Romeo and Juliet Credit: Liz Lauren

Setting Romeo and Juliet in a contemporary urban setting inevitably draws comparisons to West Side Story, even though Barbara Gaines’s current staging for Chicago Shakes (the first time she’s ever directed the play) resists that interpretation by casting the warring Montague and Capulet families across racial and ethnic lines. Mr. Capulet (James Newcomb) is a soused WASP, while Mrs. Capulet (Lia D. Mortensen) is in MILF mode, hooking up with Nate Burger’s Mercutio at the party where their Black daughter first sees the Latinx Romeo. But there’s a frustrating lack of contextual specificity here that makes it harder to understand the forces driving the central lovers apart, despite beguiling performances from Brittany Bellizeare as a forthright Juliet and Edgar Miguel Sanchez as a histrionic Romeo.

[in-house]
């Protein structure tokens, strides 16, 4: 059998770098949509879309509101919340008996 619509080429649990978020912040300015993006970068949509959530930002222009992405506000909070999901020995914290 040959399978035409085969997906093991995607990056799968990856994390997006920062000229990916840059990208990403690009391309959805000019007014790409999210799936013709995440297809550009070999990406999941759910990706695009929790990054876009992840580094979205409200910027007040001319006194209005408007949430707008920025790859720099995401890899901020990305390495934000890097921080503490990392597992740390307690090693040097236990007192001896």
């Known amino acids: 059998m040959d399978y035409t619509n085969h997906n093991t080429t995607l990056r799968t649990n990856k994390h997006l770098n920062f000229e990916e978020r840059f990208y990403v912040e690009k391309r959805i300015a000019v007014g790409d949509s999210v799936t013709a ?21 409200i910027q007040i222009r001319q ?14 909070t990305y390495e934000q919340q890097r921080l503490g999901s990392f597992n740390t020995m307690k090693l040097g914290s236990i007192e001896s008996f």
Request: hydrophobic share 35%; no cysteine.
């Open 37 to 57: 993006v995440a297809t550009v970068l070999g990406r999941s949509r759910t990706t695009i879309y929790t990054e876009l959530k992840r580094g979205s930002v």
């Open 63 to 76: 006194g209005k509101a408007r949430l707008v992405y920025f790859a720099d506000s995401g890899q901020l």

For example, the thumb-biting insult in the first scene now comes from the elder Capulet—yet the hotheaded man showing off for the angry younger men of his tribe on the basketball court turns expansive host, concerned about preserving niceties at his party. (Setting the balcony scene on Juliet’s porch, with her dad passed out in a lawn chair mere feet away, is a fun choice, though.) The violence in the fight scenes (directed by Rick Sordelet) is bloodier than what I’ve seen in past productions, but the roots of that violence as they relate to current socioeconomic conditions in Chicago remain murky, which ends up distancing us from the urgency of the young lovers’ plight. The text is clear, the humor is sharp, and the physical staging crisp—but Gaines hasn’t found a way to articulate what this play in this setting really says about our city today.  v